6360.0 - Superannuation: Coverage and Financial Characteristics, Australia, Jun 2000
Latest ISSUE Released at 11:30 AM (CANBERRA TIME) 17/09/2001
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TECHNICAL NOTE - SAMPLING VARIABILITY

MEASURING SAMPLING VARIABILITY

1. Since the estimates in this publication are based on information obtained from occupants of a sample of dwellings, they are subject to sampling variability, that is, they may differ from those that would have been produced if all dwellings had been included in the survey. One measure of the likely difference is given by the standard error (SE), which indicates the extent to which an estimate might have varied by chance because only a sample of dwellings was included. There are about two chances in three that a sample estimate will differ by less than one SE from the number that would have been obtained if all dwellings had been included, and about 19 chances in 20 that the difference will be less than two SEs. Another measure of the likely difference is the relative standard error (RSE), which is obtained by expressing the SE as a percentage of the estimate.

2. A table of SEs and RSEs for estimates of numbers of persons included in this publication appears at the end of this Technical note. These values do not give a precise measure of the SE or RSE for a particular estimate but will provide an indication of its magnitude.

CALCULATION OF STANDARD ERRORS

3. An example of the calculation and the use of SEs in relation to estimates of persons is as follows. Consider the estimate for Australia of pre-retired persons with no superannuation, which is 2,836,200. Since this estimate is between 2,000,000 and 5,000,000 in the SE table, the SE for the estimate will be between 30,580 and 45,310 and can be approximated by interpolation as 34,700 (rounded to the nearest 100). Therefore, there are about two chances in three that the value that would have been produced if all dwellings had been included in the survey will fall within 34,700 persons of the survey estimate, i.e. in the range 2,801,500 to 2,870,900, and about 19 chances in 20 that the value will fall within 69,400 persons of the survey estimate, i.e. in the range 2,766,800 to 2,905,600. This example is illustrated in the diagram below.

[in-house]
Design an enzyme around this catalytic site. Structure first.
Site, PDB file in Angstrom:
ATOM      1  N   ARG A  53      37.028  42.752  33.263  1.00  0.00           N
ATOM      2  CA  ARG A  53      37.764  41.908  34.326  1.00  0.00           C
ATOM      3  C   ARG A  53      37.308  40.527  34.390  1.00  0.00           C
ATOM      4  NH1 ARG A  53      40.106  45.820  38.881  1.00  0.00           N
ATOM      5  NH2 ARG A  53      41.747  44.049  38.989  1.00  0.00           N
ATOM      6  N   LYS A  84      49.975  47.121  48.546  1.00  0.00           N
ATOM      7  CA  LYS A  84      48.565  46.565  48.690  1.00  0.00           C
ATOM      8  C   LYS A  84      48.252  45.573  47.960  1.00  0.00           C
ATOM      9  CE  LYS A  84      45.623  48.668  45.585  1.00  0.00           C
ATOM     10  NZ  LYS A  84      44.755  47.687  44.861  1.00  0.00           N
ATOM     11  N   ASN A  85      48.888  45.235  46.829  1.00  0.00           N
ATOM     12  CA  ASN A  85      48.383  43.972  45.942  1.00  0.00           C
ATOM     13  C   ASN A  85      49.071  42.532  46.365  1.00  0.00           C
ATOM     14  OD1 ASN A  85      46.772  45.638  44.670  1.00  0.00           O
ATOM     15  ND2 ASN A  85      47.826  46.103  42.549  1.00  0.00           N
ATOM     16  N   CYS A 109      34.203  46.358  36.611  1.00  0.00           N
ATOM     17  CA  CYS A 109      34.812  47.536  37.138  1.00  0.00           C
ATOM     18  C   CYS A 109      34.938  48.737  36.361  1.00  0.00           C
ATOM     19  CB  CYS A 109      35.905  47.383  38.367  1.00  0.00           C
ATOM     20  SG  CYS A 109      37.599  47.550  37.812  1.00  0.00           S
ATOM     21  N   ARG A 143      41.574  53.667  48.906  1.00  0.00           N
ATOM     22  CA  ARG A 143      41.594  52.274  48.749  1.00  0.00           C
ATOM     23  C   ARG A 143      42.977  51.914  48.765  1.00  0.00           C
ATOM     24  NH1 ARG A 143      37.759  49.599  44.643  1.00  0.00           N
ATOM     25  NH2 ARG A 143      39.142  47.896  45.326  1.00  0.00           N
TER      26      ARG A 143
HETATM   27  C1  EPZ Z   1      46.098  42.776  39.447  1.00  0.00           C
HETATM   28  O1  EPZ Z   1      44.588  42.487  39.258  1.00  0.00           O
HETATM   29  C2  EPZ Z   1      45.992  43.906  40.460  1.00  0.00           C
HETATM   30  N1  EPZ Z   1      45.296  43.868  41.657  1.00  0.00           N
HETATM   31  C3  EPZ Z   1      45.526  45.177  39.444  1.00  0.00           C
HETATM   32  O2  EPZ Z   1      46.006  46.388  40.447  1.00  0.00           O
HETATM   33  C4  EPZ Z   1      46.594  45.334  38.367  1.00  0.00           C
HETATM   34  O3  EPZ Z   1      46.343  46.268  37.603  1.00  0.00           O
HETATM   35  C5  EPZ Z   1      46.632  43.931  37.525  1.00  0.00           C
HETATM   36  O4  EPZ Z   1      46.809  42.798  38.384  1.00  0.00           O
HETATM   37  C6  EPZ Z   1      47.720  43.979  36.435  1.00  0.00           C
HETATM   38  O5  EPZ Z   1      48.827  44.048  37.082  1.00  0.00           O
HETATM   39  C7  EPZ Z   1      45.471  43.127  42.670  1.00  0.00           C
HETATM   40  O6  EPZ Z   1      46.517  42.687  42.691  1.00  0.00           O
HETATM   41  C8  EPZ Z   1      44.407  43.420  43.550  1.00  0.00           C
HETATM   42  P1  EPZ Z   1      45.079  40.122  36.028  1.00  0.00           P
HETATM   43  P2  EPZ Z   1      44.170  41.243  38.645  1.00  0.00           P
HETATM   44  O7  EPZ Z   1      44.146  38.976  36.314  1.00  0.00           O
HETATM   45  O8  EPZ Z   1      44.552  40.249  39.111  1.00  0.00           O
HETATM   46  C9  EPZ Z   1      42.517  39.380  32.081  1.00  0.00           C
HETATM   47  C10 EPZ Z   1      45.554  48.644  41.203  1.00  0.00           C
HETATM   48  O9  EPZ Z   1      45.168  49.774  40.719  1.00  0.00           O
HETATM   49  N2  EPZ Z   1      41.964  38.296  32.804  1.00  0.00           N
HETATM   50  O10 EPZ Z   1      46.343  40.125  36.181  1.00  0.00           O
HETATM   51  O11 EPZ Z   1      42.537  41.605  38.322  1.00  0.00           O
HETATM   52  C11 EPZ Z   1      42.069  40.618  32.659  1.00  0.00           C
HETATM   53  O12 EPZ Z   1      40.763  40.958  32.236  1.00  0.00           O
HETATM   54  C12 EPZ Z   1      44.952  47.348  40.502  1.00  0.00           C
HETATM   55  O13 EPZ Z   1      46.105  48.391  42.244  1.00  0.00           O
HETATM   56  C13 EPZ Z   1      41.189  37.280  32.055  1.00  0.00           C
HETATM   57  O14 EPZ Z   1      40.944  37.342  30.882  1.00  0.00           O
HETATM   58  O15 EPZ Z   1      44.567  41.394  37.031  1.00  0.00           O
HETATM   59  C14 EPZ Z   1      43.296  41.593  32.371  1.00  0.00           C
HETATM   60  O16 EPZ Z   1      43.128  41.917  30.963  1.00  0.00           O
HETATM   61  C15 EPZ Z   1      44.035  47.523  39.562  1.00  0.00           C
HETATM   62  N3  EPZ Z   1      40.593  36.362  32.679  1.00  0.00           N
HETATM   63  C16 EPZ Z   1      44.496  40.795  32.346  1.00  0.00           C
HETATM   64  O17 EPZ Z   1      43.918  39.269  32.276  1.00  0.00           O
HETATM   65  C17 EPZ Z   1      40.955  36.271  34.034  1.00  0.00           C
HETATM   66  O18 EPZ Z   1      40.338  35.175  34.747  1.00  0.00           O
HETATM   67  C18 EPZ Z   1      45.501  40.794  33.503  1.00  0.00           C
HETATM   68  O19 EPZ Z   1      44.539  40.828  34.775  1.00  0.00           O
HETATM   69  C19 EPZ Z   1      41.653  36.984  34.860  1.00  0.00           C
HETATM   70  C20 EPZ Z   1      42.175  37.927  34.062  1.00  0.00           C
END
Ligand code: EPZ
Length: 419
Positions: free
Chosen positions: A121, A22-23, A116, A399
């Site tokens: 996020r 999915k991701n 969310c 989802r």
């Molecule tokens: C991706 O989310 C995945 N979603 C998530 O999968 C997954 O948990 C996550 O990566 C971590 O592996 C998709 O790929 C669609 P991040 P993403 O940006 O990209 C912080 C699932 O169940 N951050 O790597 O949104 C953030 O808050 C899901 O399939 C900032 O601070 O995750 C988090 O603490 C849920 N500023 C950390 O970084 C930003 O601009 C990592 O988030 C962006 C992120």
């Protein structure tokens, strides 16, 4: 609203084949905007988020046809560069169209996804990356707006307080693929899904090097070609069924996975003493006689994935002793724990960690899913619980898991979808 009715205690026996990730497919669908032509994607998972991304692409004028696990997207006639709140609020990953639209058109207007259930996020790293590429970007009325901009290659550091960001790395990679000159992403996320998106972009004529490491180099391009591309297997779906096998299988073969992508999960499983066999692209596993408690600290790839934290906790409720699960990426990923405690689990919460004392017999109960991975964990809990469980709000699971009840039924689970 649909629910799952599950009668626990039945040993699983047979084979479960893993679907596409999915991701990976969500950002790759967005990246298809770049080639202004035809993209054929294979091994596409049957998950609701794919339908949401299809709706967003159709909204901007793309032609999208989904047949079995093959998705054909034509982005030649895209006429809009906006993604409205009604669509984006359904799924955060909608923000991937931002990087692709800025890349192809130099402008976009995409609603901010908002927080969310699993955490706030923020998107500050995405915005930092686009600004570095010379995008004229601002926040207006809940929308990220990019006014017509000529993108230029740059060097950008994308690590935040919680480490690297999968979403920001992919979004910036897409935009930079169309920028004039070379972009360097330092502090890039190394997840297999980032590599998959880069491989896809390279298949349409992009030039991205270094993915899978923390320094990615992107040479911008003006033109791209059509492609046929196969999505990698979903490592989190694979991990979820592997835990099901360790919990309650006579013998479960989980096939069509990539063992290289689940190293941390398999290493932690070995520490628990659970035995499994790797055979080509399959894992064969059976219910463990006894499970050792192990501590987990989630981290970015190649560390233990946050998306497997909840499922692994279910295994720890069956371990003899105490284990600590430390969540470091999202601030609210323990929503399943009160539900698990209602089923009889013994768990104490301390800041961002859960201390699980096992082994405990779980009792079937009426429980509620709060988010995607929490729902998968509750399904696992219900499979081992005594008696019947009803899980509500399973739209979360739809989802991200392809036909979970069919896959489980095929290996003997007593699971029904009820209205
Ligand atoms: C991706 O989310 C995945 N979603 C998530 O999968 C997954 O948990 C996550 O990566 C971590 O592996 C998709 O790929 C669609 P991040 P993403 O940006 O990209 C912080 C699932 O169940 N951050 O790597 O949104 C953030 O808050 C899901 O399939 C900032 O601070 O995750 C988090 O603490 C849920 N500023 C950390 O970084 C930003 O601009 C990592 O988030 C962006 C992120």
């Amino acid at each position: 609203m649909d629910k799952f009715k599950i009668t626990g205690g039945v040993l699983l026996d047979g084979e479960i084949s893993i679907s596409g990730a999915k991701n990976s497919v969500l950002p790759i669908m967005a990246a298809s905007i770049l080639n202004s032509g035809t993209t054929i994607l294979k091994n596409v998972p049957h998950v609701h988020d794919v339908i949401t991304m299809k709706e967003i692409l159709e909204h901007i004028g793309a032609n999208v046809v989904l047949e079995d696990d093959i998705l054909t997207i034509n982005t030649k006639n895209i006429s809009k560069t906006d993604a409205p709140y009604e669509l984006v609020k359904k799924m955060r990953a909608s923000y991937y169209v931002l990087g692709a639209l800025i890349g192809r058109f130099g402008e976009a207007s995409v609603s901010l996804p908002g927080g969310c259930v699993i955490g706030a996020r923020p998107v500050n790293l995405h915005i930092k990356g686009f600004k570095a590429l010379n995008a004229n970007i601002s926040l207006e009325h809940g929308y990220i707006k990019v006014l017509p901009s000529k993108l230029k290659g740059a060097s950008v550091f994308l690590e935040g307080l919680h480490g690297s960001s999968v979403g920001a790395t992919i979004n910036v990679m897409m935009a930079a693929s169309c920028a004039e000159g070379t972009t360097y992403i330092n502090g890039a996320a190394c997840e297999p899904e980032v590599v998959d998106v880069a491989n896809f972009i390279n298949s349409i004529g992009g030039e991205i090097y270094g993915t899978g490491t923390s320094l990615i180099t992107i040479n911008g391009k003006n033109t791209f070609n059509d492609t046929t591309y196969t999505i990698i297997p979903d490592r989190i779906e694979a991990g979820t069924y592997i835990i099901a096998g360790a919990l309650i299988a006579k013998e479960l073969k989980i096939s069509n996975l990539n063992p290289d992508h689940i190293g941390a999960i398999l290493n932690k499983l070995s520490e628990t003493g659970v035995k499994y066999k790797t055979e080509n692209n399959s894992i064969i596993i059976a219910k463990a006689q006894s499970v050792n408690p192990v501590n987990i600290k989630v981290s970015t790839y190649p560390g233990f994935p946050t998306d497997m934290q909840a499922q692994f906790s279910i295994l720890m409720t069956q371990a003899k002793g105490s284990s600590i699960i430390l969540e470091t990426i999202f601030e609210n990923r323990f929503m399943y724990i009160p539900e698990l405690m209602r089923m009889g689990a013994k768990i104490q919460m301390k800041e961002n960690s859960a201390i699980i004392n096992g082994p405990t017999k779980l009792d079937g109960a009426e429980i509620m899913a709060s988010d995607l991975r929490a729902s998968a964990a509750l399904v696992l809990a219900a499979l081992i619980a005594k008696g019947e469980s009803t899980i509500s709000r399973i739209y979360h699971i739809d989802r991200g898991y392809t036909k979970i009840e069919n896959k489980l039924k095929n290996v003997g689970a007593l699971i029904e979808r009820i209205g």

4. As can be seen from the SE table at the end of this note, the smaller the estimate the higher the RSE. Very small estimates are subject to very high SEs (relative to the size of the estimate). This detracts significantly from their value for most reasonable uses.

5. In the tables in this publication, only estimates with RSEs of less than 25%, and percentages based on such estimates, are considered sufficiently reliable for most purposes. However, estimates with larger RSEs have been included. Estimates with RSEs between 25% and 50% are preceded by an asterisk (*) to indicate they are subject to high SEs and should be used with caution. Estimates with RSEs greater than 50% are preceded by a double asterisk (**) to indicate that they are considered too unreliable for general use.

6. The standard error can be calculated from the relative standard error and the estimate using the following formula.

SE =RSE x Estimate

PROPORTIONS AND PERCENTAGES

7. Proportions and percentages formed from the ratio of two estimates are also subject to sampling errors. The size of the error depends on the accuracy of both the numerator and the denominator. A formula to approximate the RSE of a proportion is given below:

8. Consider the example above of the number of pre-retired persons with no superannuation (2,836,200). Of these, 1,304,400 or 46.0% were estimated to be male. The SE of 2,836,200 is approximately 34,700 so the RSE is 1.2%. The RSE for 1,304,400 is 1.9%. Applying the formula above, the RSE of the proportion is 1.5% giving a SE for the proportion (46.0%) of 0.68 percentage points. Therefore there are about two chances in three that the proportion of pre-retired persons with no superannuation who were male is between 45.3% and 46.7% and 19 chances in 20 the proportion is within the range 44.6% and 47.4%